Israel ‘regrets’ Jordan’s reclaiming of enclaves on border

November 11, 2019 by Aryeh Savir - TPS
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Israel “regrets” Jordan’s decision to terminate the annexes to the 1994 peace agreement which leased two enclaves on the border to Israeli farmers, the Foreign Ministry stated Sunday.

A view from Naharayim ( Two rivers) and Peace Park in Israel on a Jordanian flag flies on a military post, from which seven girls were shot to death by a Jordanian soldier in 1997. Naharayim, Oct 2, 2019. Photo by Kobi Richter/TPS

Israel over the weekend bid farewell to the Zofar and Naharayim areas on the border with Jordan and returned them to the control of the Hashemite Kingdom, parting from the Island of Peace after 25 years.

Jordan announced in October 2018 its withdrawal from part of the 1994 peace agreement with Israel and said that the agricultural areas of Naharayim and Zofar in the Jordan Valley, cultivated by Israeli farmers over the past 25 years under the agreement and decades before that, will be reclaimed by the kingdom.

Despite Israeli attempts to change Jordan’s decision, the Kingdom moved forward and reclaimed the two enclaves on Saturday afternoon. IDF soldiers closed the gate to the area for the last time and declared it a closed military zone.

Israeli farmers will still have access to their fields in the area in the coming six months.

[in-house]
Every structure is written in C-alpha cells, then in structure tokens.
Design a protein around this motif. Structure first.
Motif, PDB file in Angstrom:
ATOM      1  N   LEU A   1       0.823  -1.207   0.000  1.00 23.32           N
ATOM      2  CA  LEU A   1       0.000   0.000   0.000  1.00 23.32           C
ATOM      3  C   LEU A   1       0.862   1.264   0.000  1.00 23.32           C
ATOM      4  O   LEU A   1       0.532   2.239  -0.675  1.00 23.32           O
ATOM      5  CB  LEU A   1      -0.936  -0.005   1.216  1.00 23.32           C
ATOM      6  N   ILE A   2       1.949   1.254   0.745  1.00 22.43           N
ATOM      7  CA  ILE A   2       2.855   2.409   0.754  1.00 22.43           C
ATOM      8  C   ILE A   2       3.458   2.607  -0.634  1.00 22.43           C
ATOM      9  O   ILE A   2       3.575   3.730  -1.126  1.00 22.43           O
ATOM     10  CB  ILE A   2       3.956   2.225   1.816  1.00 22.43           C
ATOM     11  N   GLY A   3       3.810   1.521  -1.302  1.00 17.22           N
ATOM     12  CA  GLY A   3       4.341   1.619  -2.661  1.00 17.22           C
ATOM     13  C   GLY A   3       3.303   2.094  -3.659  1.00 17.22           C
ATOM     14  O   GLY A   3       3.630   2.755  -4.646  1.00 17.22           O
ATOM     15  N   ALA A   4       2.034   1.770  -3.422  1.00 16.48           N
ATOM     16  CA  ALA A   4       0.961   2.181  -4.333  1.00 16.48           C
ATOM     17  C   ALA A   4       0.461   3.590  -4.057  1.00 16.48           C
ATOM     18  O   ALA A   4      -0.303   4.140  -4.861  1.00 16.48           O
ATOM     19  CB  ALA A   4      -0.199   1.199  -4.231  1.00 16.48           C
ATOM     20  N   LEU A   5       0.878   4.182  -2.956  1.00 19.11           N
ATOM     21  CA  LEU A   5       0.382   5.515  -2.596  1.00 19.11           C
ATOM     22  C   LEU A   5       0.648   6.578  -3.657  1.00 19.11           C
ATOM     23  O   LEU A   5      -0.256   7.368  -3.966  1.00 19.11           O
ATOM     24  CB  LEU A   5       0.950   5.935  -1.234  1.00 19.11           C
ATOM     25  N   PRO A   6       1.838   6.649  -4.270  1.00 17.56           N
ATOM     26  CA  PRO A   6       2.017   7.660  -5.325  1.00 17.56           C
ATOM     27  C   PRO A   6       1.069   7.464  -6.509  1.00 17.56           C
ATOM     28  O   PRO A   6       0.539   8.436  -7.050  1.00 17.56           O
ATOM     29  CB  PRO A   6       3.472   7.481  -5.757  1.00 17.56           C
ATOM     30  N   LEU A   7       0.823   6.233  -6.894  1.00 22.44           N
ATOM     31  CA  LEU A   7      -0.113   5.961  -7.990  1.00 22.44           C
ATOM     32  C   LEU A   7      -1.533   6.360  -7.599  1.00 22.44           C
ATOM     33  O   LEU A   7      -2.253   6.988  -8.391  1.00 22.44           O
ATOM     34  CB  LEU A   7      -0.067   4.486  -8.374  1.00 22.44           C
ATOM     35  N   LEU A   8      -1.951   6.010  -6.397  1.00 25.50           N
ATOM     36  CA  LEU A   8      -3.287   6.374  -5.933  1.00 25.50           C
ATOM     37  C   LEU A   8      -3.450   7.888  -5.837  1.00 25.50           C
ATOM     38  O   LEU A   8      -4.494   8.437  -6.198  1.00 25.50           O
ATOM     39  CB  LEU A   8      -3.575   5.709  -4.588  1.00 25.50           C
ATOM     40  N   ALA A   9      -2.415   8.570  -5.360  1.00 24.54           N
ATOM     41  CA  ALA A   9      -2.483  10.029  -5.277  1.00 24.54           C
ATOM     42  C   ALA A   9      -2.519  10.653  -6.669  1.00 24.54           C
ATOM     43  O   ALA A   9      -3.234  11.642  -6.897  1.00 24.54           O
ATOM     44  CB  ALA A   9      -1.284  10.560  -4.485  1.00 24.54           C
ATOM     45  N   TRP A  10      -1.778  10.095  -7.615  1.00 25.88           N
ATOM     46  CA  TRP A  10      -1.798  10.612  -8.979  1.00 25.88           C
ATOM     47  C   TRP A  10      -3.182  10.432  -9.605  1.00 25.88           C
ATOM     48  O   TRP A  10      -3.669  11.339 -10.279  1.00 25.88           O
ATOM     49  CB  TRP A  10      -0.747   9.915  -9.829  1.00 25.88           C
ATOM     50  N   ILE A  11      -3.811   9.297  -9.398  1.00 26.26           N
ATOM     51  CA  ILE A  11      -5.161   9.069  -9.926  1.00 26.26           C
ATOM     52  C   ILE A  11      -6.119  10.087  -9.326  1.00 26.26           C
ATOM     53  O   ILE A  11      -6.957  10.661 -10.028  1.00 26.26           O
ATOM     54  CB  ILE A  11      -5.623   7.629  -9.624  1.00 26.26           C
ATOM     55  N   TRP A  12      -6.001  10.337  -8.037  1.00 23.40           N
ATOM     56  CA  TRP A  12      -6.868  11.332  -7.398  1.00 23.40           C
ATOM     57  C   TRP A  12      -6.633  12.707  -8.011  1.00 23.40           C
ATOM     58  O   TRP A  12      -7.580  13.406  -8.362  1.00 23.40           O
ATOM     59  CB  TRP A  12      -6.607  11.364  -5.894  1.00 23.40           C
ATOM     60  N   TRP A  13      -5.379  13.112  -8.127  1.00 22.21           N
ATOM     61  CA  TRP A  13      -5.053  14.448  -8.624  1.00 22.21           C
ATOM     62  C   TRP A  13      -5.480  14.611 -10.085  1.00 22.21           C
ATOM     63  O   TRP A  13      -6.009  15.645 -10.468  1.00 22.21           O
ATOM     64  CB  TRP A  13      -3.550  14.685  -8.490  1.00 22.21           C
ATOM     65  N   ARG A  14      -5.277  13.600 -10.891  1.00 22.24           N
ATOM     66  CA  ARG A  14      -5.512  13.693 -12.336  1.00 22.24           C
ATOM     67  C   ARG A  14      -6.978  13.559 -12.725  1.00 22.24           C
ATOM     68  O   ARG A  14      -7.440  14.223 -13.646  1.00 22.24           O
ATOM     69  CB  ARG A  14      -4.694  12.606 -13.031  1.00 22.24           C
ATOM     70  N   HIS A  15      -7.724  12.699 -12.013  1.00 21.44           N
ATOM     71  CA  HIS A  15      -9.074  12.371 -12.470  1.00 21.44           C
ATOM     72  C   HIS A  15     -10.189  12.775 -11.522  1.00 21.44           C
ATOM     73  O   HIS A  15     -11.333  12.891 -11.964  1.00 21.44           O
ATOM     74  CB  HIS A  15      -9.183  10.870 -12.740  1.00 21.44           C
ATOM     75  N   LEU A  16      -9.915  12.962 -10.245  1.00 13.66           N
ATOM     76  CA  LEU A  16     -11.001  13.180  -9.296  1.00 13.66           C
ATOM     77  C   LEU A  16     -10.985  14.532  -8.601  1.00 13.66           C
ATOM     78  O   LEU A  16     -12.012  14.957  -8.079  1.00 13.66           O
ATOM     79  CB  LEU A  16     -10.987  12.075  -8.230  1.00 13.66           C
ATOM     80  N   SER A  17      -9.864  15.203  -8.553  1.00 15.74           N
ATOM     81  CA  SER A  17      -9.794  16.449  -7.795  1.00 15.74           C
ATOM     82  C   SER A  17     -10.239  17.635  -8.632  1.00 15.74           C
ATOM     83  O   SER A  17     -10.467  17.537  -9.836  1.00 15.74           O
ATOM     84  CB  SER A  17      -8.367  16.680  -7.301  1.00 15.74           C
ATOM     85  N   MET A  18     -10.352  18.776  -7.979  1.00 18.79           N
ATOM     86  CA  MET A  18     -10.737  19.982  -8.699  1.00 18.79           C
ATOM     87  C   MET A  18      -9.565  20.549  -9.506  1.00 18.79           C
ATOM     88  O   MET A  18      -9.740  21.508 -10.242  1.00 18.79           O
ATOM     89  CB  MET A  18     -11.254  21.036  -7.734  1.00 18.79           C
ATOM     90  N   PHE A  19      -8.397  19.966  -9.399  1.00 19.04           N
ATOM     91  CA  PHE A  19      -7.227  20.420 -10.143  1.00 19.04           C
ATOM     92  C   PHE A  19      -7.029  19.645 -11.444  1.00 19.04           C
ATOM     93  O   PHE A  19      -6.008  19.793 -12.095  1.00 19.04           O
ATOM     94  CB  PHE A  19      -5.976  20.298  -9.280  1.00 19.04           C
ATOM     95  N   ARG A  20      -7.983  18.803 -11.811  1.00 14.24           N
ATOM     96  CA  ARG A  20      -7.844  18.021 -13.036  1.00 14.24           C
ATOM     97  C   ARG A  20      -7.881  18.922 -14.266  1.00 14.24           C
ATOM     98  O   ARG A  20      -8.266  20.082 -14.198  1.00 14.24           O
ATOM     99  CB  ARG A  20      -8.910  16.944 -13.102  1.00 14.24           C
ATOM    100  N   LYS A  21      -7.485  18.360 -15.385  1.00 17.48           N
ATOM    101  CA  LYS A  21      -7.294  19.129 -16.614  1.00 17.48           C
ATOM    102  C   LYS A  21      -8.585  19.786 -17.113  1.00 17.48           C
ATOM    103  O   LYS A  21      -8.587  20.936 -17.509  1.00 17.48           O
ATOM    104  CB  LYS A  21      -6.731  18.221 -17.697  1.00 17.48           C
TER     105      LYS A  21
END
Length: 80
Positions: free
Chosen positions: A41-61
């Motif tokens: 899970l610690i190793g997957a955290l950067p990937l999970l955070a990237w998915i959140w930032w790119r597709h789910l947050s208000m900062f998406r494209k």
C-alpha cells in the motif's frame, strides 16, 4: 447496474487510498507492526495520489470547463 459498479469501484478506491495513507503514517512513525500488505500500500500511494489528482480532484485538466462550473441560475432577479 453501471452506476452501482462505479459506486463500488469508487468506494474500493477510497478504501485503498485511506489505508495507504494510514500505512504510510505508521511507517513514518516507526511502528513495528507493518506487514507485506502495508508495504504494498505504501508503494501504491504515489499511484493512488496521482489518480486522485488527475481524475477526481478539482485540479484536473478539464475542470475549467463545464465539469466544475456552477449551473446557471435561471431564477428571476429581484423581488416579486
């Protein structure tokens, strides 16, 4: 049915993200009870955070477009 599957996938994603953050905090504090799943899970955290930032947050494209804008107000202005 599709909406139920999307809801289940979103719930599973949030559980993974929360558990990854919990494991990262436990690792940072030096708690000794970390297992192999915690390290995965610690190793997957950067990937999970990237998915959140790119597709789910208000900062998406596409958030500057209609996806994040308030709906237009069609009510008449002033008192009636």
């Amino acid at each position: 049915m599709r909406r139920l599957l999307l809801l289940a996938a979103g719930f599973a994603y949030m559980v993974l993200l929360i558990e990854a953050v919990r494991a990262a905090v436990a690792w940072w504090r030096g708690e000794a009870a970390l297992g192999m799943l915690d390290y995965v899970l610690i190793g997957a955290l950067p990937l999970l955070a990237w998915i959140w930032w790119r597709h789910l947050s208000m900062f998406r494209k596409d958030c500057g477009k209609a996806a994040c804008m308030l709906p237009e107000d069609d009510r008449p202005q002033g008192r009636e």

“The Government of Jordan will continue to respect private ownership rights in Naharayim,” the Foreign Ministry stated.

Regarding Zofar, “the government of Jordan will allow Israeli farmers to harvest the crops that were planted before the annex expired,” the statement said.

A Jordanian foreign ministry official stated that the peace agreement recognizes private ownership in Naharayim, and Jordan would allow any Israeli citizen who proves his property ownership to obtain a visa from the Jordanian Embassy in Tel Aviv to enter the Kingdom via official borders.

“The right of ownership will be respected in accordance with the Jordanian law,” he said.

Israel’s diplomatic relations with Jordan have been tense for years, and especially after the Hashemite Kingdom announced it would withdraw from part of the peace agreement with Israel.

While Jordan officially remains committed to the peace agreement, relations are limited largely to behind-the-scenes security ties and some environmental cooperation.

The Jordanians overwhelmingly reject the peace agreement and any form of normalization with Israel.

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